How healthy we are in adulthood is, in many ways, determined while we are still in the womb.
Babies born prematurely could be at greater risk of developing kidney disease later in life according to a landmark Monash University study investigating the impacts of preterm birth on kidney development.
Named on the 8th September as one of the NHMRC’s Ten of the Best Research Projects for 2016, Professor Mary Jane Black’s team, including post-doctoral fellow Dr Megan Sutherland and PhD student Dana Vojisavljevic, from Monash University’s Biomedicine Discovery Institute, collaborated with Associate Professor Gurmeet Singh, from the Menzies School of Health Research, and Professor Wendy Hoy, from the University of Queensland on the study.
In particular, the researchers studied two common causes of prematurity – intrauterine growth restriction (IUGR), as happens when there is insufficient oxygen and nutrients being transported by the placenta to the fetus, and chorioamnionitis, (maternal infection of the chorion andamnion), on the health of the baby’s kidneys once they are born.
As part of this study, the researchers conducted studies of renal function in term and preterm infants in the first month of life at Monash Newborn and at the Royal Darwin Hospital.
The inclusion of preterm babies born at the Royal Darwin Hospital is important, because a high proportion are Indigenous.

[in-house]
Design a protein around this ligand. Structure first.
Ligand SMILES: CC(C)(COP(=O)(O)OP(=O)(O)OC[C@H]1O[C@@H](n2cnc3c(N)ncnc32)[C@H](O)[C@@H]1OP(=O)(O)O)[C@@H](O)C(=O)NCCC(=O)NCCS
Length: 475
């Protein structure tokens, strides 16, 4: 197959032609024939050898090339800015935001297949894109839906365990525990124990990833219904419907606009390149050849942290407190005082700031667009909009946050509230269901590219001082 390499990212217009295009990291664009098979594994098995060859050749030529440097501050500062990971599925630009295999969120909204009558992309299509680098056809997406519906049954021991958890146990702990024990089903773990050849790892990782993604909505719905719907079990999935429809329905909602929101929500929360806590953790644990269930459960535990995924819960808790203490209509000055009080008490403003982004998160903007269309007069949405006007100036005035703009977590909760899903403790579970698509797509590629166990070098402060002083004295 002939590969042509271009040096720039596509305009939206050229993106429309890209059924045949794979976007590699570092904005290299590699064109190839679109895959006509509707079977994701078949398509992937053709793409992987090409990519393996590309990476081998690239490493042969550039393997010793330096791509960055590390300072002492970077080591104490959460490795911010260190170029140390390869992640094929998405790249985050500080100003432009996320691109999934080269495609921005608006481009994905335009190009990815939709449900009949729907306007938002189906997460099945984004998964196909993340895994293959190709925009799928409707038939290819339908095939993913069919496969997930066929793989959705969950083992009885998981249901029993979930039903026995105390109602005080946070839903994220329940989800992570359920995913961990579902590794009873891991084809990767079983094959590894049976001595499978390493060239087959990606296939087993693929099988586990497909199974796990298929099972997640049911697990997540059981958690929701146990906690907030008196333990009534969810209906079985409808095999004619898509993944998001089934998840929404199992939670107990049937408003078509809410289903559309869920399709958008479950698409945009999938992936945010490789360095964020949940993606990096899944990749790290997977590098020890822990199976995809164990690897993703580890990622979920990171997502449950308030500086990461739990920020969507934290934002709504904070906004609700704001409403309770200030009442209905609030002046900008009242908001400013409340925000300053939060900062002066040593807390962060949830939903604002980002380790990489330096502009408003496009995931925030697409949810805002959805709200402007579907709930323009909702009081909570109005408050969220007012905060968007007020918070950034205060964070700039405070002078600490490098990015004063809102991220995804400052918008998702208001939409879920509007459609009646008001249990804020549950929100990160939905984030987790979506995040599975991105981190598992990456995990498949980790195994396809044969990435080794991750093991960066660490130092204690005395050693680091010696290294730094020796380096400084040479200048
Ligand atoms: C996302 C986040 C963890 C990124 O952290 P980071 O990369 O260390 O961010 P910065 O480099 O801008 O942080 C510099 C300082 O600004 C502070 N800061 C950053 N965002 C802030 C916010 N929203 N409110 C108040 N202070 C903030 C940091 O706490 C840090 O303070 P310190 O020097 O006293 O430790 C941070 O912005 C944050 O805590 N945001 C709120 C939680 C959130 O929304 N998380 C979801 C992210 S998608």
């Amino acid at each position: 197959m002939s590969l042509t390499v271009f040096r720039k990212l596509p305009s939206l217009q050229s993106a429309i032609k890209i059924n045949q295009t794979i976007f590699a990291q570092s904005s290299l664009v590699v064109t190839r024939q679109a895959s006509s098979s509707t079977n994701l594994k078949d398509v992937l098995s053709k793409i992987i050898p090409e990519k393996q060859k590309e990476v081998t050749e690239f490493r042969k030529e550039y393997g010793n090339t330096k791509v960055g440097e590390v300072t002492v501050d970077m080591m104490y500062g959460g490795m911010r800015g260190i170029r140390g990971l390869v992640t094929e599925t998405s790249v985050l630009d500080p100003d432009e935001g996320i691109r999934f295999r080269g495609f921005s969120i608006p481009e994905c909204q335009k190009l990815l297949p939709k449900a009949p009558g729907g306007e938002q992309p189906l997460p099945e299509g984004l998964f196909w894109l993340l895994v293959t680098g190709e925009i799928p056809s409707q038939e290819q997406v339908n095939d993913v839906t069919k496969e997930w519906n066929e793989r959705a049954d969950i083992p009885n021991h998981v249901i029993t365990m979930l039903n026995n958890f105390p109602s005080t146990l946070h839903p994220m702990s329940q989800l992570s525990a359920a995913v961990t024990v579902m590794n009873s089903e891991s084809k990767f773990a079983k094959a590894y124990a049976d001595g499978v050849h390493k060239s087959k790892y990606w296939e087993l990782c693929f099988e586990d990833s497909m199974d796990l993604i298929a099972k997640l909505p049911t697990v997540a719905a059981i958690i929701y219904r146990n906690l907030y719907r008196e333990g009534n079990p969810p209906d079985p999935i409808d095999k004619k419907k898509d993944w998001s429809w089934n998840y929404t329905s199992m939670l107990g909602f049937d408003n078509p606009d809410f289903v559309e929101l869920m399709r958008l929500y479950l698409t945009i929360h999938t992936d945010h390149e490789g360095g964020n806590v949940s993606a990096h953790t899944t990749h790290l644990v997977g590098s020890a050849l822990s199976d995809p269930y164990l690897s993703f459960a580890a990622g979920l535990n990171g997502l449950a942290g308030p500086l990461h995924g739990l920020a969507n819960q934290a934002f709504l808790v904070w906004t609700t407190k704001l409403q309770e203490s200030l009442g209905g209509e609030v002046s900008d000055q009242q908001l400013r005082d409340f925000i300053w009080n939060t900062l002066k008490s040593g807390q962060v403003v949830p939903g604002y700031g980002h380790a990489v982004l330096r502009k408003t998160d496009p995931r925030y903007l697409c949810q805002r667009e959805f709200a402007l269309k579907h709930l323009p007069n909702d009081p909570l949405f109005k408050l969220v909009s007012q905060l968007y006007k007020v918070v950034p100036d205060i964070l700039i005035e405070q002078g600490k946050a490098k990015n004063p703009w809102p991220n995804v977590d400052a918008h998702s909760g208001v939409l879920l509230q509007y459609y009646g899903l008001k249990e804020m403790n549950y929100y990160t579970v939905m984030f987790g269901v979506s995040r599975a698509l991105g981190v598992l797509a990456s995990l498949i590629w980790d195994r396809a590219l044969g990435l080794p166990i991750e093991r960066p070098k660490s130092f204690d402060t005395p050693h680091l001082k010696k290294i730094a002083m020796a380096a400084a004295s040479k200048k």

Eighteen percent of all Indigenous Australians have chronic kidney disease, and they are twice as likely as non-Indigenous Australians to develop the disease; they also have an increased risk of preterm birth compared to non-Indigenous Australians (14% versus 9%).
Professor Black’s research linking preterm birth and poor renal health may explain why there is an increasing incidence of kidney disease in Indigenous Australians.
“This may in part be a legacy of the increased survival of preterm babies in recent decades; with preterm birth and factors associated with preterm birth, leading to changes in the kidneys that render them vulnerable to kidney disease later in life,” she said.
Using animal studies, where renal development and the formation of nephrons closely resembles that in the human, Professor Black and her collaborators have shown that impaired growth of the infant in the womb adversely impacts the number of nephrons formed in the kidneys and this can also occur, under some circumstances, following inflammation in the womb (caused by chorioamnionitis).
(Source: Monash University)